- The parts of speech: noun, verb, adjective, preposition, etc... and how to tell them apart.
- Argument structure and case: subject, direct object, nominative, accusative, etc.
- How to to break down a sentence into its phrase structure: what modifies what? What is a phrase, and what is its head? For best results, try being able to diagram it.

Unfortunately, it's not quite so simple: all three of those - especially the latter - are the subject of major controversies between different syntactic theories... (Two good Language Log posts on this issue: parts of speech and sentence diagramming.) If you teach whatever theory happens to be traditional where you're from, you may not make any friends in academia, and you risk perpetuating some old misconceptions; but you will certainly leave your students much better prepared to learn any more current theory - or any language - than if they had studied no grammar at all.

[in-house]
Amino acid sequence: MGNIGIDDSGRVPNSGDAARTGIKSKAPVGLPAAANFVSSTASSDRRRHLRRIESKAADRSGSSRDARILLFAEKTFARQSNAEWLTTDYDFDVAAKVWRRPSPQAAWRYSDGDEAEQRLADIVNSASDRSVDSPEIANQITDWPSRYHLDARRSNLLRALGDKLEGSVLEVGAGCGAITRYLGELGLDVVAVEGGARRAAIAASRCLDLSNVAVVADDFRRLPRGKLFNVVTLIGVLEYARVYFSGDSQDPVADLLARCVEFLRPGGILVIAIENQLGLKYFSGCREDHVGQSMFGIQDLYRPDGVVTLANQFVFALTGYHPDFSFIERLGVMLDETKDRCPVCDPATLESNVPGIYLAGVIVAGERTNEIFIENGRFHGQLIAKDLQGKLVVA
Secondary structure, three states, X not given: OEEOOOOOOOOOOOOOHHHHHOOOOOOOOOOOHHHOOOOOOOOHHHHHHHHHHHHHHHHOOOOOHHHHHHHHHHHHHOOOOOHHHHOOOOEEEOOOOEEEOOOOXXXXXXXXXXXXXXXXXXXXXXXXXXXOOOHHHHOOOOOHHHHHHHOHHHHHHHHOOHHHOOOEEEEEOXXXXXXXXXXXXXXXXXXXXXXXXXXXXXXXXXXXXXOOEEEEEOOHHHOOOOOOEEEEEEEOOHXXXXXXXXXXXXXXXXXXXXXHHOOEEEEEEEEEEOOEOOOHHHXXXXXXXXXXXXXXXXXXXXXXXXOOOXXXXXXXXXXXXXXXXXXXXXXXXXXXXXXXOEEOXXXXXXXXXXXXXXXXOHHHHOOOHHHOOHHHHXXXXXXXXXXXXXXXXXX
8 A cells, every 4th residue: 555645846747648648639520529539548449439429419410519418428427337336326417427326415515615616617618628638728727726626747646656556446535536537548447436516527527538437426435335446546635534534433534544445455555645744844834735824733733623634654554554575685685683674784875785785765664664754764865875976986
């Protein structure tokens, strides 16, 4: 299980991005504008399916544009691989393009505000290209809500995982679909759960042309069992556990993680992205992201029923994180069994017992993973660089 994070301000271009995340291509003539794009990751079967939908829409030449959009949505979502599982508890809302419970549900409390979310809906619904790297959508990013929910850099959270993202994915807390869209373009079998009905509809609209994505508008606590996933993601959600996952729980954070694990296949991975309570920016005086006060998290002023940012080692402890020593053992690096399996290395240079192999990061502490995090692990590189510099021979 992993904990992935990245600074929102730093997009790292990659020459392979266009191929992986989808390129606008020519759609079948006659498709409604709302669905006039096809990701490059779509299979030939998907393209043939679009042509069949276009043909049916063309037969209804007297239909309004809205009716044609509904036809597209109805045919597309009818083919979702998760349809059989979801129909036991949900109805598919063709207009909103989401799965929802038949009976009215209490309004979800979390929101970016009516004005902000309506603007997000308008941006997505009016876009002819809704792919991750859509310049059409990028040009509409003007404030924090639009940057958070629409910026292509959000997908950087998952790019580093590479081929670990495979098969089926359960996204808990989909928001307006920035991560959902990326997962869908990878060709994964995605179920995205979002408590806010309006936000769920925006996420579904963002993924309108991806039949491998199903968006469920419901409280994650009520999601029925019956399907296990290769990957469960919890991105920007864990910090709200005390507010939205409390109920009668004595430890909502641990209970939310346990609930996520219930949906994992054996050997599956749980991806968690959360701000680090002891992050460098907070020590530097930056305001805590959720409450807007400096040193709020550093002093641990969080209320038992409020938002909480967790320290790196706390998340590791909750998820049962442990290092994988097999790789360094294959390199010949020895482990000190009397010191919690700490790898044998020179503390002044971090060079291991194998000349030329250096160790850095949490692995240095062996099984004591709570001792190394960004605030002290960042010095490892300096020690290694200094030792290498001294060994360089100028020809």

Historical linguistics and sociolinguistics: The language you speak most likely has relatives, and certainly contains words borrowed from other languages. You should understand:
- That there is normally variation inside a single language, which people often use to signal their social position and to identify the social position of others, and over which people's control is limited.
- That languages change over time as some variants become obsolete and others emerge, and in what ways they change - sound shift, semantic shift, borrowing, morphological and syntactic change...
- That different changes accumulating in different areas can split what used to be one language into several, and that people can abandon one language and start speaking another one instead.
- That sound shifts are usually regular, and that this regularity can be used to identify potential cognates (making it easier to learn languages related to ones you know.)

There should certainly also be some semantics and pragmatics in this list, but I'm not feeling especially inspired on either subject at the moment - any thoughts?